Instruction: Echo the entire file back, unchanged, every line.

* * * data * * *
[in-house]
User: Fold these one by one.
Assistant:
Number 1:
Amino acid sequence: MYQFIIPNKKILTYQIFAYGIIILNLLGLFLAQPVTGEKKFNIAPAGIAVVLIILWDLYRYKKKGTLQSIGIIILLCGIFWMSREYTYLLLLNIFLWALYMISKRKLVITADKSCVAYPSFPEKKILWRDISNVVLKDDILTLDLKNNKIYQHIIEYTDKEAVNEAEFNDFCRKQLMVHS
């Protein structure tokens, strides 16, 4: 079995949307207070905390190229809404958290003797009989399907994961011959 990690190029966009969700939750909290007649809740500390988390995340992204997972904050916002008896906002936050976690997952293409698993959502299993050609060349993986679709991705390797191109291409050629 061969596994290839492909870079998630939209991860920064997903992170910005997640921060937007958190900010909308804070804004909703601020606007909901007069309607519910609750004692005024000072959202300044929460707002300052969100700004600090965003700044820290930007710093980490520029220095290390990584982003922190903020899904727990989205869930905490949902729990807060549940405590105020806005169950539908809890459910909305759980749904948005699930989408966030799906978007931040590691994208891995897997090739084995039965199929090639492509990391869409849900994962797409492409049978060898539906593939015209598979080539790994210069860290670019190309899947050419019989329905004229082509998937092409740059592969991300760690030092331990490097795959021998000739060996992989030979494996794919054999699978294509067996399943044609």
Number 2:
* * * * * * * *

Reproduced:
[in-house]
User: Fold these one by one.
Assistant:
Number 1:
Amino acid sequence: MYQFIIPNKKILTYQIFAYGIIILNLLGLFLAQPVTGEKKFNIAPAGIAVVLIILWDLYRYKKKGTLQSIGIIILLCGIFWMSREYTYLLLLNIFLWALYMISKRKLVITADKSCVAYPSFPEKKILWRDISNVVLKDDILTLDLKNNKIYQHIIEYTDKEAVNEAEFNDFCRKQLMVHS
């Protein structure tokens, strides 16, 4: 079995949307207070905390190229809404958290003797009989399907994961011959 990690190029966009969700939750909290007649809740500390988390995340992204997972904050916002008896906002936050976690997952293409698993959502299993050609060349993986679709991705390797191109291409050629 061969596994290839492909870079998630939209991860920064997903992170910005997640921060937007958190900010909308804070804004909703601020606007909901007069309607519910609750004692005024000072959202300044929460707002300052969100700004600090965003700044820290930007710093980490520029220095290390990584982003922190903020899904727990989205869930905490949902729990807060549940405590105020806005169950539908809890459910909305759980749904948005699930989408966030799906978007931040590691994208891995897997090739084995039965199929090639492509990391869409849900994962797409492409049978060898539906593939015209598979080539790994210069860290670019190309899947050419019989329905004229082509998937092409740059592969991300760690030092331990490097795959021998000739060996992989030979494996794919054999699978294509067996399943044609």
Number 2: